Gaddafi’s son: We will deal with terrorists first and then talk reform


Saif al-Islam Gaddafi, the second son of Libyan leader Moammar Gaddafi, talks to The Washington Post in an exclusive interview late on Saturday. In it, he said his government had done nothing wrong and would not back down against “terrorists.” (Simon Denyer/THE WASHINGTON POST)
April 17, 2011

Saif al-Islam Gaddafi, the influential second son of Moammar Gaddafi who was once seen as the great hope for reform in Libya, is clear on two points: He and his government have done nothing wrong, and they are not going to back down.

In an interview that reflected the defiance of the Gaddafi family more than two months into its efforts to put down a rebellion supported by the United States and its allies, the 38-year-old said the world had gone to war with Libya based on nothing more than rumor and propaganda.

In Saif Gaddafi’s telling, he has been betrayed by his “best friend,” who defected to join the rebels. His father’s government is besieged by al-Qaeda. And President Obama has proved no different from his predecessor, George W. Bush.

The comments underscore the uncompromising stance of the Libyan government at a time when the fighting has stale­mated and NATO faces internal squabbling. Although there had been indications this month that Saif Gaddafi was interested in a diplomatic solution to the crisis that has divided his nation, his tone during an hour-long interview suggested that the core decision-makers in Tripoli are in no hurry to find a political way out.

As if to bolster that point, forces loyal to the Gaddafi regime on Sunday heavily shelled the besieged city of Misurata, the only rebel outpost in western Libya. A city council spokesman said 17 people were killed and more than 100 were injured. Government troops also attacked rebel positions in the strategically critical eastern city of Ajdabiya, sending some opposition fighters fleeing back to their de facto capital, Benghazi.

One month after the uprising, the United Nations authorized a no-fly zone over Libya in March to counter the government’s attacks on civilians. Obama has said that international military action saved countless Libyan lives, by preventing Moammar Gaddafi’s men from carrying out a massacre in Benghazi.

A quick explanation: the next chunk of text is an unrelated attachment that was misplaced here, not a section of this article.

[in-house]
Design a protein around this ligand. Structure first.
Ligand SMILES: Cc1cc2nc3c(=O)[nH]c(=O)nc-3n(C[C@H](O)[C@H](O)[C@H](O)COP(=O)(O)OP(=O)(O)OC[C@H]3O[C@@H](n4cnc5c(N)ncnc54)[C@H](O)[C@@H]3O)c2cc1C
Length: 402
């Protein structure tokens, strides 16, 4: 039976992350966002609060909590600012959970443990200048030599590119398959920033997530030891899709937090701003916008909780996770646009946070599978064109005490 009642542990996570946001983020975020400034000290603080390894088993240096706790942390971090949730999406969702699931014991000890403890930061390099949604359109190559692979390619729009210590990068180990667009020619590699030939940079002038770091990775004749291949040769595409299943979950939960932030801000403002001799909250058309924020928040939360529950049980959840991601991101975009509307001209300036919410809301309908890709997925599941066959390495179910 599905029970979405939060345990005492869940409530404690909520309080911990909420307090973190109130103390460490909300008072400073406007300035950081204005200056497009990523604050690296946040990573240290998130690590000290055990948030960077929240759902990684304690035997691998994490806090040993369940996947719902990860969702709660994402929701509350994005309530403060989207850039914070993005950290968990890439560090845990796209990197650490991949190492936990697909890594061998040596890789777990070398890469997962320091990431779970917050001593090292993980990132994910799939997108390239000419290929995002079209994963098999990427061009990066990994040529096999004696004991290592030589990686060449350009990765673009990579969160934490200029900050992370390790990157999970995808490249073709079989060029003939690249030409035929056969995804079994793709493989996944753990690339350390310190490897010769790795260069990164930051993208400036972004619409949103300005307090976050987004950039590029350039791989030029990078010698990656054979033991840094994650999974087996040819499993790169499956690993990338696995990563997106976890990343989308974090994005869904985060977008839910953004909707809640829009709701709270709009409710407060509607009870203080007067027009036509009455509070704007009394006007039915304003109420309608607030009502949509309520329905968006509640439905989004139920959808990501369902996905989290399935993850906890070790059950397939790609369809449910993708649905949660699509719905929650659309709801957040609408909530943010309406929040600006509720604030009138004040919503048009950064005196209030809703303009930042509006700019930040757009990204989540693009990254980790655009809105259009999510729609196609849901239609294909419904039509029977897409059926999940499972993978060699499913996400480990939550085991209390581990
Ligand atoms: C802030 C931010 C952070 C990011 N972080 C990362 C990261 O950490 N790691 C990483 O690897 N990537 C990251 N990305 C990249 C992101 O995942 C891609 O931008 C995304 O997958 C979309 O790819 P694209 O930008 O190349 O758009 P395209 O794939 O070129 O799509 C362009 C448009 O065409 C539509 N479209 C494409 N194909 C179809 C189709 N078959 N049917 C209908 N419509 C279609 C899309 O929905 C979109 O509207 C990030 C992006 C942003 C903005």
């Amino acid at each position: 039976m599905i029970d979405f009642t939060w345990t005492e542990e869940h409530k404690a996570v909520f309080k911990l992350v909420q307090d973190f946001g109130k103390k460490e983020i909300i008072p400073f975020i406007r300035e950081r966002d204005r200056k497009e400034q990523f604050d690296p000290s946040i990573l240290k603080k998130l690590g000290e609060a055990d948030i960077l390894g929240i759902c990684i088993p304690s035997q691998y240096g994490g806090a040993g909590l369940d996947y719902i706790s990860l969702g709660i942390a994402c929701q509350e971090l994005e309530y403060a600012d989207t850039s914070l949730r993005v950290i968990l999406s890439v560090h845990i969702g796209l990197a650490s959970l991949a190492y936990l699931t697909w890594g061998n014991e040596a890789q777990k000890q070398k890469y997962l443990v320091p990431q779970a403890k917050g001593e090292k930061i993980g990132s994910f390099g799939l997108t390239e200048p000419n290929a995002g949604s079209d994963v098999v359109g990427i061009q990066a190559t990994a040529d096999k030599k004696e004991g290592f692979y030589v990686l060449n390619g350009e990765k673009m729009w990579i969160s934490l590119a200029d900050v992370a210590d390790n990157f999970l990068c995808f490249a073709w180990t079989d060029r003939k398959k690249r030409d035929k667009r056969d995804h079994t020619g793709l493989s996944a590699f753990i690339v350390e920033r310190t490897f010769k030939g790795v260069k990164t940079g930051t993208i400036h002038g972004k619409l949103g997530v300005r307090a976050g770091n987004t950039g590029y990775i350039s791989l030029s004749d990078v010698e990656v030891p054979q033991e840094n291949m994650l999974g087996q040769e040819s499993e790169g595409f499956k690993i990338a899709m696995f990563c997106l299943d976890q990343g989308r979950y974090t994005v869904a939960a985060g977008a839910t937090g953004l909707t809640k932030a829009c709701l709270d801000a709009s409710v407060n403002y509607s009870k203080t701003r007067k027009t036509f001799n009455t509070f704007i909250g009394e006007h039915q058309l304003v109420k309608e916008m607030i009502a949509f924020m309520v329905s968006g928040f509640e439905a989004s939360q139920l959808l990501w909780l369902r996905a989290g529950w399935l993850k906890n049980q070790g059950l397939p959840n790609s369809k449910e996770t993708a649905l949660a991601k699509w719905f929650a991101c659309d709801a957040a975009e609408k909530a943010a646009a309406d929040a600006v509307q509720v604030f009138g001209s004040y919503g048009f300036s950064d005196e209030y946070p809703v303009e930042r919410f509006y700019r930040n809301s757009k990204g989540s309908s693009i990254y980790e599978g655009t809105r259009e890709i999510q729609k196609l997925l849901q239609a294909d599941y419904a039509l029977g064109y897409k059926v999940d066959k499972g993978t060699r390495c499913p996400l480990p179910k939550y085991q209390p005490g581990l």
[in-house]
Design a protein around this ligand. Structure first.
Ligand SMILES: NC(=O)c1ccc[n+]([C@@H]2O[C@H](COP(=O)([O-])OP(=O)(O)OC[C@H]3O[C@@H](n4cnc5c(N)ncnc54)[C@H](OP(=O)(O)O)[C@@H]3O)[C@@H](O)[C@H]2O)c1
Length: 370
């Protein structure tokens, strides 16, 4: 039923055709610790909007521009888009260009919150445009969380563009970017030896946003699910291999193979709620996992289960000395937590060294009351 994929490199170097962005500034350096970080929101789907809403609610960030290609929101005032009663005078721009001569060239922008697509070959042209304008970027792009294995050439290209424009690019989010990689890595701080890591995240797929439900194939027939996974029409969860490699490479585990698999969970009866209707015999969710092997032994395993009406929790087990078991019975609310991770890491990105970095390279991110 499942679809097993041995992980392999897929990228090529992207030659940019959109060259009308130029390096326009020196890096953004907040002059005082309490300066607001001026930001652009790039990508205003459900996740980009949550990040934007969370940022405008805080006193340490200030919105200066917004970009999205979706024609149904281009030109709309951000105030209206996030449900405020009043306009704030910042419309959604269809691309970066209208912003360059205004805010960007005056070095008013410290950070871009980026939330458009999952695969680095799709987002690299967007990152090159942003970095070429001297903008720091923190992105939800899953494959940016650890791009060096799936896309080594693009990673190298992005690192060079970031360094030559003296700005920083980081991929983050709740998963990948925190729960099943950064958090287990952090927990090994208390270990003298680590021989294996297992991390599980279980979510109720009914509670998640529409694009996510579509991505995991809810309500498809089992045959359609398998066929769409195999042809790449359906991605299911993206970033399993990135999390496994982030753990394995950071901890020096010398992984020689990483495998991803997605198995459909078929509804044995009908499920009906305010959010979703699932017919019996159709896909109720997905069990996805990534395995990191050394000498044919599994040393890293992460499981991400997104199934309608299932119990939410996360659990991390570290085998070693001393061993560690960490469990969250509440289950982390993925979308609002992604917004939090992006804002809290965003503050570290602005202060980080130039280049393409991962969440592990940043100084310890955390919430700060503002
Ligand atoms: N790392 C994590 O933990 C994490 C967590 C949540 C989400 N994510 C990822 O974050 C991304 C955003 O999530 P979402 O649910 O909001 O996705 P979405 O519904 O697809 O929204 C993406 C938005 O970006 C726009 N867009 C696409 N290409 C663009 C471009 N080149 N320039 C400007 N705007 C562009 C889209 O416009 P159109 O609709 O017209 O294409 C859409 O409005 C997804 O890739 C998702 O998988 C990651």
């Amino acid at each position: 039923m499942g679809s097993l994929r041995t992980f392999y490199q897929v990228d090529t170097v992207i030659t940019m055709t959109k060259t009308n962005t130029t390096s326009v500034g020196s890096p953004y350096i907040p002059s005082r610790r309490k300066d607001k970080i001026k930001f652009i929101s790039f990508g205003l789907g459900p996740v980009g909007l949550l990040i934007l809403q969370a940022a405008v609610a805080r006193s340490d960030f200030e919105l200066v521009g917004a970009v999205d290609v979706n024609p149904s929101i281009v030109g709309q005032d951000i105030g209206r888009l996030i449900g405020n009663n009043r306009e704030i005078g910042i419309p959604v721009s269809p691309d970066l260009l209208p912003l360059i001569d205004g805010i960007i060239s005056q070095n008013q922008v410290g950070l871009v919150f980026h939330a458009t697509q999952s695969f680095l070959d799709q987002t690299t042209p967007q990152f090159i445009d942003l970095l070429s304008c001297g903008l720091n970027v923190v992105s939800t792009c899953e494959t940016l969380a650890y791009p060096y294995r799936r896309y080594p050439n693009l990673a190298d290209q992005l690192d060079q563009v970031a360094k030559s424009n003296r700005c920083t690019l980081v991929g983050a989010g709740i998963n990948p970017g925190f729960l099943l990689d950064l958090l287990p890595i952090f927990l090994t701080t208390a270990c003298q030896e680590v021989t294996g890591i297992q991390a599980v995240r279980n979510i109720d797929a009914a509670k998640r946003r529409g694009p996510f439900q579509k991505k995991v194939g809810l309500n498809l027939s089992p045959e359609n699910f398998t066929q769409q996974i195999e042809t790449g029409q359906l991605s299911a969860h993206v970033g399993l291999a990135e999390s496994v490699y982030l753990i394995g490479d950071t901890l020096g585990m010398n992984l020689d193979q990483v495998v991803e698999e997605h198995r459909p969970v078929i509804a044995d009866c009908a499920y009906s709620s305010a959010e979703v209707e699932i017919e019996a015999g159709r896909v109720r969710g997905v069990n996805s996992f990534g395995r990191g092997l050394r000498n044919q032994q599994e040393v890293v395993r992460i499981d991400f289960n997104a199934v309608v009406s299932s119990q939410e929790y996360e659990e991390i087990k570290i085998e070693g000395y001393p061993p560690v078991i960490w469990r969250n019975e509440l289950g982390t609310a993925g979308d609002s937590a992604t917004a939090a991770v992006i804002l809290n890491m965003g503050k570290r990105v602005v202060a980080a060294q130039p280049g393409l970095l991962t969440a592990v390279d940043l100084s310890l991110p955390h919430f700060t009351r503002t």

But in Saif Gaddafi’s view, Obama has it all wrong.

“We want the Americans tomorrow to send a fact-finding mission to find out what happened in Libya. We want Human Rights Watch to come here and to find out exactly what happened,” he said. “We are not afraid of the International Criminal Court. We are confident and sure that we didn’t commit any crime against our people.”

Relaxing on a lounge chair in a turtleneck sweater this weekend, Saif Gaddafi spoke confidently in fluent English without any advisers present. Every word was uttered with the passion of absolute conviction, every question parried with a version of events that contradicts conclusions reached by observers.

He says his father’s opponents are brutal terrorists and gangsters, led by al-Qaeda, who will soon collapse under their internal divisions. He deems evidence that his forces fired on peaceful pro-democracy demonstrators and killed hundreds of them as categorically false.

The younger Gaddafi drew a comparison to the reports of weapons of mass destruction that Bush cited in the run-up to the war in Iraq. “It’s exactly like the WMD,” Saif Gaddafi said. “WMD, WMD, WMD, go and attack Iraq. Civilians, civilians, civilians, go and attack Libya. It’s the same thing.”

Libya’s fall from grace

Libya, once a pariah state, had worked hard to repair its international image in the past decade. Saif Gaddafi, who at one time had called for democracy for his country, expressed surprise at Libya’s swift fall from grace.